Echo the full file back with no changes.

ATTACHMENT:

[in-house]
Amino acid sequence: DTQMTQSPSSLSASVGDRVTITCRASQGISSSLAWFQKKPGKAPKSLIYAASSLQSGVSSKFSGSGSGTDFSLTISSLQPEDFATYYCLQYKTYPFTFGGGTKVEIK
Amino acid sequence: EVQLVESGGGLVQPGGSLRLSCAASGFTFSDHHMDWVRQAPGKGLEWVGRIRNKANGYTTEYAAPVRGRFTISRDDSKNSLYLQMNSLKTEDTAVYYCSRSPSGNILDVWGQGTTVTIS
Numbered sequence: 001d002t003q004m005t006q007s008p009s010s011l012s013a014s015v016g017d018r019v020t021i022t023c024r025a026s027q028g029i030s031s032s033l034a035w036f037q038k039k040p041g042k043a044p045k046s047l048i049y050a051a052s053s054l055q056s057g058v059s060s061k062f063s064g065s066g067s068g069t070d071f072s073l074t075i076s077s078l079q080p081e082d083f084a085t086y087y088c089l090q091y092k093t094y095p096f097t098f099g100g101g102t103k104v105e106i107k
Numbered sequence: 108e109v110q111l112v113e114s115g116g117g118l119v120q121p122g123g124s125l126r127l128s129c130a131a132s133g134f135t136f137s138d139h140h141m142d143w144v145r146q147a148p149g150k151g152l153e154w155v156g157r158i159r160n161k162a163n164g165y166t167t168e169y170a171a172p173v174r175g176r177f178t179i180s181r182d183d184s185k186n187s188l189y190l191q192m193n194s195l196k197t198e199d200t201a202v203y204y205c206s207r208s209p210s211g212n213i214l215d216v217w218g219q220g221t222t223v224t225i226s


[in-house]
Amino acid sequence: DTQMTQSPSSLSASVGDRVTITCRASQGISSSLAWFQKKPGKAPKSLIYAASSLQSGVSSKFSGSGSGTDFSLTISSLQPEDFATYYCLQYKTYPFTFGGGTKVEIK
Amino acid sequence: EVQLVESGGGLVQPGGSLRLSCAASGFTFSDHHMDWVRQAPGKGLEWVGRIRNKANGYTTEYAAPVRGRFTISRDDSKNSLYLQMNSLKTEDTAVYYCSRSPSGNILDVWGQGTTVTIS
Numbered sequence: 001d002t003q004m005t006q007s008p009s010s011l012s013a014s015v016g017d018r019v020t021i022t023c024r025a026s027q028g029i030s031s032s033l034a035w036f037q038k039k040p041g042k043a044p045k046s047l048i049y050a051a052s053s054l055q056s057g058v059s060s061k062f063s064g065s066g067s068g069t070d071f072s073l074t075i076s077s078l079q080p081e082d083f084a085t086y087y088c089l090q091y092k093t094y095p096f097t098f099g100g101g102t103k104v105e106i107k
Numbered sequence: 108e109v110q111l112v113e114s115g116g117g118l119v120q121p122g123g124s125l126r127l128s129c130a131a132s133g134f135t136f137s138d139h140h141m142d143w144v145r146q147a148p149g150k151g152l153e154w155v156g157r158i159r160n161k162a163n164g165y166t167t168e169y170a171a172p173v174r175g176r177f178t179i180s181r182d183d184s185k186n187s188l189y190l191q192m193n194s195l196k197t198e199d200t201a202v203y204y205c206s207r208s209p210s211g212n213i214l215d216v217w218g219q220g221t222t223v224t225i226s